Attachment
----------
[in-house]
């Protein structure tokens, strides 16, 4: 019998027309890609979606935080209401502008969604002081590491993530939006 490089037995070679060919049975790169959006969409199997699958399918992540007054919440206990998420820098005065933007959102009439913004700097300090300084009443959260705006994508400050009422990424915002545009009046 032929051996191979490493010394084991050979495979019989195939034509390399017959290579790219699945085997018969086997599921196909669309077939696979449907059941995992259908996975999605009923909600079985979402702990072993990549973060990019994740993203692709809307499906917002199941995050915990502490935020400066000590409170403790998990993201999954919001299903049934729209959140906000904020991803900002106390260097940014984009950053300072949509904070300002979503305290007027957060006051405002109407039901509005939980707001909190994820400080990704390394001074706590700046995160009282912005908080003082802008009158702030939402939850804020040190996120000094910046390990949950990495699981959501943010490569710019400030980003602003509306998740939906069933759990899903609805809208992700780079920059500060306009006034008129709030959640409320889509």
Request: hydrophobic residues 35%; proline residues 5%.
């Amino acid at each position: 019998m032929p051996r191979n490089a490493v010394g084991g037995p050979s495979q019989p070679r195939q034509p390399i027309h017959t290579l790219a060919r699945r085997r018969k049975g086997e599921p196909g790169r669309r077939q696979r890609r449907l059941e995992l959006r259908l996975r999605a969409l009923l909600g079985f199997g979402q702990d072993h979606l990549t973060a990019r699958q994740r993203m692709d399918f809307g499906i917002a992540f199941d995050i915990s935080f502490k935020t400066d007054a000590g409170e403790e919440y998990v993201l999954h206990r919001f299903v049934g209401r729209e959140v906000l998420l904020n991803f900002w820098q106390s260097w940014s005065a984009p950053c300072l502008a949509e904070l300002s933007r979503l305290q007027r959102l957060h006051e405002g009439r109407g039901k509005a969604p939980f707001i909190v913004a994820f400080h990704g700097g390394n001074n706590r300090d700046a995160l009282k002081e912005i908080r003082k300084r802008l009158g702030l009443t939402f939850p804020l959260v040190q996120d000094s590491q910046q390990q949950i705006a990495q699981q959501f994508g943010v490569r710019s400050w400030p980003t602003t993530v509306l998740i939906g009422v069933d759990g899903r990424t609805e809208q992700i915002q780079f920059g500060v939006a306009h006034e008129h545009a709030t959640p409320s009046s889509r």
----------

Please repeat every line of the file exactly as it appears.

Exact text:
[in-house]
């Protein structure tokens, strides 16, 4: 019998027309890609979606935080209401502008969604002081590491993530939006 490089037995070679060919049975790169959006969409199997699958399918992540007054919440206990998420820098005065933007959102009439913004700097300090300084009443959260705006994508400050009422990424915002545009009046 032929051996191979490493010394084991050979495979019989195939034509390399017959290579790219699945085997018969086997599921196909669309077939696979449907059941995992259908996975999605009923909600079985979402702990072993990549973060990019994740993203692709809307499906917002199941995050915990502490935020400066000590409170403790998990993201999954919001299903049934729209959140906000904020991803900002106390260097940014984009950053300072949509904070300002979503305290007027957060006051405002109407039901509005939980707001909190994820400080990704390394001074706590700046995160009282912005908080003082802008009158702030939402939850804020040190996120000094910046390990949950990495699981959501943010490569710019400030980003602003509306998740939906069933759990899903609805809208992700780079920059500060306009006034008129709030959640409320889509």
Request: hydrophobic residues 35%; proline residues 5%.
């Amino acid at each position: 019998m032929p051996r191979n490089a490493v010394g084991g037995p050979s495979q019989p070679r195939q034509p390399i027309h017959t290579l790219a060919r699945r085997r018969k049975g086997e599921p196909g790169r669309r077939q696979r890609r449907l059941e995992l959006r259908l996975r999605a969409l009923l909600g079985f199997g979402q702990d072993h979606l990549t973060a990019r699958q994740r993203m692709d399918f809307g499906i917002a992540f199941d995050i915990s935080f502490k935020t400066d007054a000590g409170e403790e919440y998990v993201l999954h206990r919001f299903v049934g209401r729209e959140v906000l998420l904020n991803f900002w820098q106390s260097w940014s005065a984009p950053c300072l502008a949509e904070l300002s933007r979503l305290q007027r959102l957060h006051e405002g009439r109407g039901k509005a969604p939980f707001i909190v913004a994820f400080h990704g700097g390394n001074n706590r300090d700046a995160l009282k002081e912005i908080r003082k300084r802008l009158g702030l009443t939402f939850p804020l959260v040190q996120d000094s590491q910046q390990q949950i705006a990495q699981q959501f994508g943010v490569r710019s400050w400030p980003t602003t993530v509306l998740i939906g009422v069933d759990g899903r990424t609805e809208q992700i915002q780079f920059g500060v939006a306009h006034e008129h545009a709030t959640p409320s009046s889509r």